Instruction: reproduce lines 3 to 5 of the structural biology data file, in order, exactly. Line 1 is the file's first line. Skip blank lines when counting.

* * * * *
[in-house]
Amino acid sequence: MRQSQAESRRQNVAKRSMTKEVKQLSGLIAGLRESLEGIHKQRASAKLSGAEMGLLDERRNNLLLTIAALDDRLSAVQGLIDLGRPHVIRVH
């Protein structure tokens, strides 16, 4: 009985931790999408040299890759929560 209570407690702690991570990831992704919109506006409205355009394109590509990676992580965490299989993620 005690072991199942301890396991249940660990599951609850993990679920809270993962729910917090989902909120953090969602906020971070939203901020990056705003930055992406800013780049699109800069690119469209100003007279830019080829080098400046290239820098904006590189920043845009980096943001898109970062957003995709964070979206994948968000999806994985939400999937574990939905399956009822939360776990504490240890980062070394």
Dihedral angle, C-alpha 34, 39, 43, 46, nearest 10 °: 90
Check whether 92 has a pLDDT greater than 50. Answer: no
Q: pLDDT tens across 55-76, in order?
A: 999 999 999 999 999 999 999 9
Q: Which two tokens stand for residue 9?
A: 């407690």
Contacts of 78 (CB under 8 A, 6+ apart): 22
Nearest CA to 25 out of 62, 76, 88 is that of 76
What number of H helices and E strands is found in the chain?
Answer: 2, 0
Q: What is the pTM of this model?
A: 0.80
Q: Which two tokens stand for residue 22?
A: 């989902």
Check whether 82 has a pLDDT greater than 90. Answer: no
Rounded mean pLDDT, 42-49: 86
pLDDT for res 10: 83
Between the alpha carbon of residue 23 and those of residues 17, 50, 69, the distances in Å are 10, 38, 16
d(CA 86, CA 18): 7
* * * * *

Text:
């Protein structure tokens, strides 16, 4: 009985931790999408040299890759929560 209570407690702690991570990831992704919109506006409205355009394109590509990676992580965490299989993620 005690072991199942301890396991249940660990599951609850993990679920809270993962729910917090989902909120953090969602906020971070939203901020990056705003930055992406800013780049699109800069690119469209100003007279830019080829080098400046290239820098904006590189920043845009980096943001898109970062957003995709964070979206994948968000999806994985939400999937574990939905399956009822939360776990504490240890980062070394």
Dihedral angle, C-alpha 34, 39, 43, 46, nearest 10 °: 90
Check whether 92 has a pLDDT greater than 50. Answer: no